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Fibre digestibility in large herbivores as related to digestion type and body mass — An in vitro approach


Steuer, Patrick; Südekum, Karl-Heinz; Müller, Dennis W H; Kaandorp, Jacques; Clauss, Marcus; Hummel, Jürgen (2013). Fibre digestibility in large herbivores as related to digestion type and body mass — An in vitro approach. Comparative Biochemistry and Physiology Part A: Molecular & Integrative Physiology, 164(2):319-326.

Abstract

The coexistence of different ungulate species in a given ecosystem has been the focus of many studies. Differences between ruminant foregut fermenters and hindgut fermenters were remarkable for example in the way they ingest and digest high fibre diets. Digestion trials based on total collections are difficult to conduct or are sometimes even not possible for wild animals in the field or in zoos. To gain information on the fibre digestion achieved by these animals and the influence of body mass (BM) thereon, a method using spot sampling is desirable. In this study, in vitro fermentation of faecal neutral detergent fibre (NDF) was used as a measure of fibre digestion in large ungulates. Food and faecal samples of 10 ruminant foregut fermenting and 7 hindgut fermenting species/breeds were collected. All animals received 100% grass hay with ad libitum access. The NDF of food and faeces was fermented in vitro in a Hohenheim gas test (HGT) for 96 h. The digestion type generally had an effect on the gas production (GP) of faecal NDF in the HGT with hindgut fermenters showing higher values than ruminant foregut fermenters. At any time interval of incubation, BM had no influence on GP. The results are in accordance with both findings that ruminant foregut fermenters have longer mean retention times and more comprehensive particle reduction and findings of a lack of influence of BM on digesta mean retention time. It can be stated that the HGT (96 h) is a useful and quick method to show also small differences within groups in fibre digestion.

Abstract

The coexistence of different ungulate species in a given ecosystem has been the focus of many studies. Differences between ruminant foregut fermenters and hindgut fermenters were remarkable for example in the way they ingest and digest high fibre diets. Digestion trials based on total collections are difficult to conduct or are sometimes even not possible for wild animals in the field or in zoos. To gain information on the fibre digestion achieved by these animals and the influence of body mass (BM) thereon, a method using spot sampling is desirable. In this study, in vitro fermentation of faecal neutral detergent fibre (NDF) was used as a measure of fibre digestion in large ungulates. Food and faecal samples of 10 ruminant foregut fermenting and 7 hindgut fermenting species/breeds were collected. All animals received 100% grass hay with ad libitum access. The NDF of food and faeces was fermented in vitro in a Hohenheim gas test (HGT) for 96 h. The digestion type generally had an effect on the gas production (GP) of faecal NDF in the HGT with hindgut fermenters showing higher values than ruminant foregut fermenters. At any time interval of incubation, BM had no influence on GP. The results are in accordance with both findings that ruminant foregut fermenters have longer mean retention times and more comprehensive particle reduction and findings of a lack of influence of BM on digesta mean retention time. It can be stated that the HGT (96 h) is a useful and quick method to show also small differences within groups in fibre digestion.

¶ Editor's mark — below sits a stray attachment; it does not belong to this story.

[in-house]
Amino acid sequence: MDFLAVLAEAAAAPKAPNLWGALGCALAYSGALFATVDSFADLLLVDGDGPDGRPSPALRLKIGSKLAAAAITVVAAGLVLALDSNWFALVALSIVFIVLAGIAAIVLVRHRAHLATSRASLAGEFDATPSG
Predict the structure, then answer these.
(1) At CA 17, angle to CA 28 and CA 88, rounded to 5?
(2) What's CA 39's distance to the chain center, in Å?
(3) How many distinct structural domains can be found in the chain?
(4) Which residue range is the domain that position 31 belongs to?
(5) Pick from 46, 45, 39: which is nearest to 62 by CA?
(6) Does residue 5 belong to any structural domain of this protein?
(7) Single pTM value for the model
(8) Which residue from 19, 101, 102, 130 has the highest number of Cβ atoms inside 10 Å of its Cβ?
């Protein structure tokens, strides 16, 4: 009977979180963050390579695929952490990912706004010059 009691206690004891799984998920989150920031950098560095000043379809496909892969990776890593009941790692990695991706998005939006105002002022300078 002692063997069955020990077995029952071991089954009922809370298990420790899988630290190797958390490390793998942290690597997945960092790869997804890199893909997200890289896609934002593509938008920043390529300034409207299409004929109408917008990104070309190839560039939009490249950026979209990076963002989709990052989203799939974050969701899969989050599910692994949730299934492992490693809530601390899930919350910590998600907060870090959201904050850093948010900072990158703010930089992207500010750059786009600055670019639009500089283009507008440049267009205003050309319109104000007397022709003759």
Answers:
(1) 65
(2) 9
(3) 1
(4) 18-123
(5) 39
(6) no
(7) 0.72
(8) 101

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Additional indexing

Item Type:Journal Article, refereed, original work
Communities & Collections:05 Vetsuisse Faculty > Veterinary Clinic > Department of Small Animals
Dewey Decimal Classification:570 Life sciences; biology
630 Agriculture
Language:English
Date:2013
Deposited On:13 Dec 2012 09:31
Last Modified:13 May 2018 06:47
Publisher:Elsevier
Series Name:Comparative Biochemistry and Physiology. Part A, Molecular & Integrative Physiology
ISSN:1095-6433
OA Status:Green
Publisher DOI:https://doi.org/10.1016/j.cbpa.2012.10.026
PubMed ID:23103671

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